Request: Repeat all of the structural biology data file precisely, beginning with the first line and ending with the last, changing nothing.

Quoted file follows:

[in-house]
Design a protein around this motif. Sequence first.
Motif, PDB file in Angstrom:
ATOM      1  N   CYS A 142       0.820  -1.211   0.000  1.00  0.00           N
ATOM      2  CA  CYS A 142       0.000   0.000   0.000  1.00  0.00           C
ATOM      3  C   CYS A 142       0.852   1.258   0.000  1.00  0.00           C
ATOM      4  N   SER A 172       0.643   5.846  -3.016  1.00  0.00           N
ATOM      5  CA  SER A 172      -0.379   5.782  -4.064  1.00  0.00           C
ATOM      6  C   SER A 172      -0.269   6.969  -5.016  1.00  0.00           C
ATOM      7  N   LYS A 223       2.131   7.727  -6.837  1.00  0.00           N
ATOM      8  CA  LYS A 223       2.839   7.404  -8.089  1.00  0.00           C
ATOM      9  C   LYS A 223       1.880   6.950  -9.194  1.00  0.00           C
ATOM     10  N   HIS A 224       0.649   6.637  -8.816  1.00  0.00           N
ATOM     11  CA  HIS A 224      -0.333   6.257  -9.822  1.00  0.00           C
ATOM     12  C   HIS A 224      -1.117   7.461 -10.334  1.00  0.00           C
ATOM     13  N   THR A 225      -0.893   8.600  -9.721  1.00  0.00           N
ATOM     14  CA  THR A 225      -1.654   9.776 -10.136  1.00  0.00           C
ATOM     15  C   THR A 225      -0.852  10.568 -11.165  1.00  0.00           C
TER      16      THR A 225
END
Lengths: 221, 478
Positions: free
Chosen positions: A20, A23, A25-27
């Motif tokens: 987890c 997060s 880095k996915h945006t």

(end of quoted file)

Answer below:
[in-house]
Design a protein around this motif. Sequence first.
Motif, PDB file in Angstrom:
ATOM      1  N   CYS A 142       0.820  -1.211   0.000  1.00  0.00           N
ATOM      2  CA  CYS A 142       0.000   0.000   0.000  1.00  0.00           C
ATOM      3  C   CYS A 142       0.852   1.258   0.000  1.00  0.00           C
ATOM      4  N   SER A 172       0.643   5.846  -3.016  1.00  0.00           N
ATOM      5  CA  SER A 172      -0.379   5.782  -4.064  1.00  0.00           C
ATOM      6  C   SER A 172      -0.269   6.969  -5.016  1.00  0.00           C
ATOM      7  N   LYS A 223       2.131   7.727  -6.837  1.00  0.00           N
ATOM      8  CA  LYS A 223       2.839   7.404  -8.089  1.00  0.00           C
ATOM      9  C   LYS A 223       1.880   6.950  -9.194  1.00  0.00           C
ATOM     10  N   HIS A 224       0.649   6.637  -8.816  1.00  0.00           N
ATOM     11  CA  HIS A 224      -0.333   6.257  -9.822  1.00  0.00           C
ATOM     12  C   HIS A 224      -1.117   7.461 -10.334  1.00  0.00           C
ATOM     13  N   THR A 225      -0.893   8.600  -9.721  1.00  0.00           N
ATOM     14  CA  THR A 225      -1.654   9.776 -10.136  1.00  0.00           C
ATOM     15  C   THR A 225      -0.852  10.568 -11.165  1.00  0.00           C
TER      16      THR A 225
END
Lengths: 221, 478
Positions: free
Chosen positions: A20, A23, A25-27
């Motif tokens: 987890c 997060s 880095k996915h945006t």